The Fair Labor Standards Act & Your Business - What You Need to Know

BASICS OF THE FAIR LABOR STANDARDS ACT AND PENDING CHANGES

1. The Fair Labor Standards Act (“FLSA”) is the federal law which mandates a minimum
wage of $7.25/hour and payment of 1.5 times the regular hourly wage for all hours
worked in excess of 40 in a workweek. The FLSA also imposes recordkeeping
requirements, restrictions on child labor, and requires equal pay for men and
women who perform the same job.


2. The FLSA provides for certain exemptions from the overtime requirement. All of
these exemptions require that the exempt employee perform specific types of
duties set forth in the regulations. Titles are irrelevant if the employee does not
meet the applicable duties test.


3. For most of these exemptions, the employee must also be paid a minimum salary in
addition to meeting the applicable duties test. That minimum weekly salary is about
to become to $913 ($47,476/year) effective December 1, 2016. For the Highly Compensated Employee exemption, the minimum annual compensation increases from $100,000 per year to $134,004.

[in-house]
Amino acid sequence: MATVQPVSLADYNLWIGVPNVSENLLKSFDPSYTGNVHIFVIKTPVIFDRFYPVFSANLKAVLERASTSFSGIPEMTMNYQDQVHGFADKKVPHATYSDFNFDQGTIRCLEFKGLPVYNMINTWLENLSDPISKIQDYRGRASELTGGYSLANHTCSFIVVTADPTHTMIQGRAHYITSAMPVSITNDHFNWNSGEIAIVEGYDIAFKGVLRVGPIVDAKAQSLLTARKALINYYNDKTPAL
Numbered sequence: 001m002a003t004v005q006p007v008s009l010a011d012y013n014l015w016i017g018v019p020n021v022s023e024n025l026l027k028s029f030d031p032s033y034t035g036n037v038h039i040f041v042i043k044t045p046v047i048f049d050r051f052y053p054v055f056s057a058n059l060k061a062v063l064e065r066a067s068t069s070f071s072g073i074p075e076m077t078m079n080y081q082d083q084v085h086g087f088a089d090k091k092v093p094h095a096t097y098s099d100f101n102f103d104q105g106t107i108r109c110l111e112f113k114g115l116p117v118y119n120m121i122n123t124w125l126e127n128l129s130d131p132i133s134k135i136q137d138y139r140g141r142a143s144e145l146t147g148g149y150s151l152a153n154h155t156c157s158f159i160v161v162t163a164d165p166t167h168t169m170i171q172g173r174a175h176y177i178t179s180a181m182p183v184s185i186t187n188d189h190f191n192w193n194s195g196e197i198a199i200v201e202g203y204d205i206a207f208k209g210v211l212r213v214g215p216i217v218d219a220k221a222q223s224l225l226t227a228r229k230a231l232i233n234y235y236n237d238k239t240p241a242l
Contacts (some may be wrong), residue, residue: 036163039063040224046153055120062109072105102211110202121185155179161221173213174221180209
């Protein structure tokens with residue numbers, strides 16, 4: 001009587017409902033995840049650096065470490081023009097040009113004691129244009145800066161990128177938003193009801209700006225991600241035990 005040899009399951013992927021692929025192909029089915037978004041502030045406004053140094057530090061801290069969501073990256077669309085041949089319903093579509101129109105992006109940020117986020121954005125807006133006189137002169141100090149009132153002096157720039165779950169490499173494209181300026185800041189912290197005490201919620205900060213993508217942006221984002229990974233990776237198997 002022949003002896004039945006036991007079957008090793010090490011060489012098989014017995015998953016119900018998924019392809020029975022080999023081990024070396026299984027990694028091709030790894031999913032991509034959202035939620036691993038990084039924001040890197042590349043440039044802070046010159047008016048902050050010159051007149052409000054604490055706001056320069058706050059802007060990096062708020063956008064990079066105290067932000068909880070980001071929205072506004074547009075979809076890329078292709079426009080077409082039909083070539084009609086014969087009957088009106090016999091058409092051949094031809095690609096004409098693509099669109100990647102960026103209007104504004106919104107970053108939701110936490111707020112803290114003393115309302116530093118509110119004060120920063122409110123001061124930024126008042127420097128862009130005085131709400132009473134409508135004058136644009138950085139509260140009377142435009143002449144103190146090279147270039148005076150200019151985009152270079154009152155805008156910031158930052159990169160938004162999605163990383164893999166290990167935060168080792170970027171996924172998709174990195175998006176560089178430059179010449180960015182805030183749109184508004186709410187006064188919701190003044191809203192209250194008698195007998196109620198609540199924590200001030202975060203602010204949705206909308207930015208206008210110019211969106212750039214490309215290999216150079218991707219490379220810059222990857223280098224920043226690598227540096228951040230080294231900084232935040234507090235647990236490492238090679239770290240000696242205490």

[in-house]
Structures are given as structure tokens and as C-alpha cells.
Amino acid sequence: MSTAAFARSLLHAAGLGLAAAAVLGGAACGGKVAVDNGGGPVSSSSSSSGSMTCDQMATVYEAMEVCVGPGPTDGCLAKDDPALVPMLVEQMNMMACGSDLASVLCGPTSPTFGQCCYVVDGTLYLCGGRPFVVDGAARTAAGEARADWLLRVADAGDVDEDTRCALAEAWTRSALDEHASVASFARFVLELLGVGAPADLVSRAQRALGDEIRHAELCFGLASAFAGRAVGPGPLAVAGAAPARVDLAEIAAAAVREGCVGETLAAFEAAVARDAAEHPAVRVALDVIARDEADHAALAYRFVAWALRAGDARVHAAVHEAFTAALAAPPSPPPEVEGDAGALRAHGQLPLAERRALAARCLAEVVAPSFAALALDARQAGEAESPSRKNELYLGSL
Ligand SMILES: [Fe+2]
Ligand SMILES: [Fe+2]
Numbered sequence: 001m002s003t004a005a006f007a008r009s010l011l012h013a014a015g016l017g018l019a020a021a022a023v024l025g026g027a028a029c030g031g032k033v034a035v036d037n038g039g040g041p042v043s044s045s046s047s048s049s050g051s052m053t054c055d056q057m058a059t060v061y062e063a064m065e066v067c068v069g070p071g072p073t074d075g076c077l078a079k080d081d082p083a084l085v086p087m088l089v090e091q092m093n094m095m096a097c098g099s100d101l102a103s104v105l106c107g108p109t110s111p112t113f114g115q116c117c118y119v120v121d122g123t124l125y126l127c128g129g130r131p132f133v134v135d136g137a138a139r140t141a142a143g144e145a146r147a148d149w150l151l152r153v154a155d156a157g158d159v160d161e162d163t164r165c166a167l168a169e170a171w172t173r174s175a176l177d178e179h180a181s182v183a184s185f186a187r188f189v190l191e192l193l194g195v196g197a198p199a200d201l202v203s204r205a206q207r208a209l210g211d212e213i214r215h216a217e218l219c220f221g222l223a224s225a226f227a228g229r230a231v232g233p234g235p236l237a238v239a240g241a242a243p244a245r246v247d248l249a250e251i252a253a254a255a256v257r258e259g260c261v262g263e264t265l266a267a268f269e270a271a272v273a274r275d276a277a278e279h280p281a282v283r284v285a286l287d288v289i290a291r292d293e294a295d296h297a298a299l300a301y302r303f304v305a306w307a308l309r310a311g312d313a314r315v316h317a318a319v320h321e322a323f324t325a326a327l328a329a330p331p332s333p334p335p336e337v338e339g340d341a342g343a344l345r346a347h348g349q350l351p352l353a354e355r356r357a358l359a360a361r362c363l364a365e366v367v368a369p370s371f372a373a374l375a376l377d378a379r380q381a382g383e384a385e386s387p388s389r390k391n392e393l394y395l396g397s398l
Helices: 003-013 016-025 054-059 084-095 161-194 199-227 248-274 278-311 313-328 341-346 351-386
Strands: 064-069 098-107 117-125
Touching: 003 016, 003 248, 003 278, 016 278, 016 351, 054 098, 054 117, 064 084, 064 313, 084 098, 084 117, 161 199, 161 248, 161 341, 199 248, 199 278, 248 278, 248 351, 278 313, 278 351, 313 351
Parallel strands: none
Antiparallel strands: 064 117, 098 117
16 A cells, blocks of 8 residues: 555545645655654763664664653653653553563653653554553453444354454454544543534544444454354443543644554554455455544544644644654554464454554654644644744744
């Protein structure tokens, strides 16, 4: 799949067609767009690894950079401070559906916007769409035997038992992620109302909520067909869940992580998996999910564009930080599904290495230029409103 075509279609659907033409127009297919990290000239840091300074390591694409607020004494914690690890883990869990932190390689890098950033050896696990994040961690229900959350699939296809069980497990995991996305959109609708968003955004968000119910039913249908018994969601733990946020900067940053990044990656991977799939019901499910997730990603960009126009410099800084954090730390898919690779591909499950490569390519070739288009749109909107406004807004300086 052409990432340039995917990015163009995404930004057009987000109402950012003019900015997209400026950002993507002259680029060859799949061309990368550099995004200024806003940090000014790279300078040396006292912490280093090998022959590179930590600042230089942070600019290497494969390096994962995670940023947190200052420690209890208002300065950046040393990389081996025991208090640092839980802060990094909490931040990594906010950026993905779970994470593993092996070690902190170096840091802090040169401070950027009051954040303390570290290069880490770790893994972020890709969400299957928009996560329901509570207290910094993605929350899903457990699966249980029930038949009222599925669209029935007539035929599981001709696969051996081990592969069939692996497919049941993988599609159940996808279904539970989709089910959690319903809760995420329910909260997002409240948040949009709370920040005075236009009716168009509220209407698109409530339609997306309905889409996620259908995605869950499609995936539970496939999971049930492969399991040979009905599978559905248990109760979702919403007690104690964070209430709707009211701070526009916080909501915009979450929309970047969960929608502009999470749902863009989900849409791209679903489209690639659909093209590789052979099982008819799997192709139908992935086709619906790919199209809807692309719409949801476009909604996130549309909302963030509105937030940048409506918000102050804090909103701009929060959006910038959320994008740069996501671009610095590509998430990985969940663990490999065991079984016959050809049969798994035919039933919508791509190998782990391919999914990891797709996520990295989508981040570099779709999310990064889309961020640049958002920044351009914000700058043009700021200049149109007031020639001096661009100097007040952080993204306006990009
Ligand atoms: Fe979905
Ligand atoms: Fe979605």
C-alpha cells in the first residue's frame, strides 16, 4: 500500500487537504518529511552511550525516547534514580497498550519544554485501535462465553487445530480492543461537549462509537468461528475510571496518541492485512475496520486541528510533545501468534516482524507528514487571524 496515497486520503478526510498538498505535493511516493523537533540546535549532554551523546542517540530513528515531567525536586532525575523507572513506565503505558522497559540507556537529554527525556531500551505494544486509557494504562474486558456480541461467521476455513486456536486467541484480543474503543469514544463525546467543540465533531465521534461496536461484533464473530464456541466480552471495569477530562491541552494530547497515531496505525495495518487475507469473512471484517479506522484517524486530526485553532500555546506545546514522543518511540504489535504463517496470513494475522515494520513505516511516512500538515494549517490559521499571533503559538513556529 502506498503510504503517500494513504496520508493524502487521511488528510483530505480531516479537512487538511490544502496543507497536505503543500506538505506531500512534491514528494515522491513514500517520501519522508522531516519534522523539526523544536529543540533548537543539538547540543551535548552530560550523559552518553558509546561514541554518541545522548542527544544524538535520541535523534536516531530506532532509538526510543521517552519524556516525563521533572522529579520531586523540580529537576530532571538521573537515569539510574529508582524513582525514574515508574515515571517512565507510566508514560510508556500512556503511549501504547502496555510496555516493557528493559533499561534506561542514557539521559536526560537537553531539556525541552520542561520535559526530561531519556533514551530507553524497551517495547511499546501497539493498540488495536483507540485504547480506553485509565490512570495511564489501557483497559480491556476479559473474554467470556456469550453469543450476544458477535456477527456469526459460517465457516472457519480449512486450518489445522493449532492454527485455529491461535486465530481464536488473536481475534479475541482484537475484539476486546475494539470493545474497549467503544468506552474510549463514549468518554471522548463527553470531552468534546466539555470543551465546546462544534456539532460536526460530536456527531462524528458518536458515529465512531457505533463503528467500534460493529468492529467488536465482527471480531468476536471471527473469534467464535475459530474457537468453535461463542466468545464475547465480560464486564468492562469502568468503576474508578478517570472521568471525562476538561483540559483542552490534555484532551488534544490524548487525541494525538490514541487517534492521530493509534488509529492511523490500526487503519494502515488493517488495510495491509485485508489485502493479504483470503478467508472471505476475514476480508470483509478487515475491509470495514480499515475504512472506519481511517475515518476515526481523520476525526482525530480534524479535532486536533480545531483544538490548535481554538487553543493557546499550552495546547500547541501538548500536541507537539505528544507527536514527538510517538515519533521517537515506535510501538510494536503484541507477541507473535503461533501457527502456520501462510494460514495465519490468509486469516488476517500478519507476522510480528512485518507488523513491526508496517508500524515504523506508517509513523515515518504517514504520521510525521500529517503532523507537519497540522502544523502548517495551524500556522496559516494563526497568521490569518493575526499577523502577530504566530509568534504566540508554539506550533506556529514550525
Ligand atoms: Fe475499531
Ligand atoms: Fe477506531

4. For the first time, up to 10% of this threshold income can come from nondiscretionary bonuses and incentive payments, paid at least quarterly.

5. The main exemptions under the FLSA are:

a. Executive
b. Administrative
c. Professional
d. Computer Employees
e. Outside Sales
f. Highly Compensated Employees
6. The basic duties test for each of these exemptions is set forth on the attached Fact Sheet from the U.S. Department of Labor.

7. The consequences of getting this wrong can be severe:

a. The FLSA provides for recovery of attorney’s fees by a successful plaintiff and
unpaid overtime for up to three years prior to the filing of their lawsuit.
b. Successful claimants also get liquidated damages – i.e. an award that doubles
their actual unpaid overtime.
c. If an employee is clearly mis-classified, your options are few and the sooner
you settle the case, the better.

8. We recommend that you implement job descriptions for each company position to protect your business going forward.


For more facts about the FLSA, click here or contact Trusted Counsel (in counsel with Charlie Hawkins) at info@trusted-counsel.com.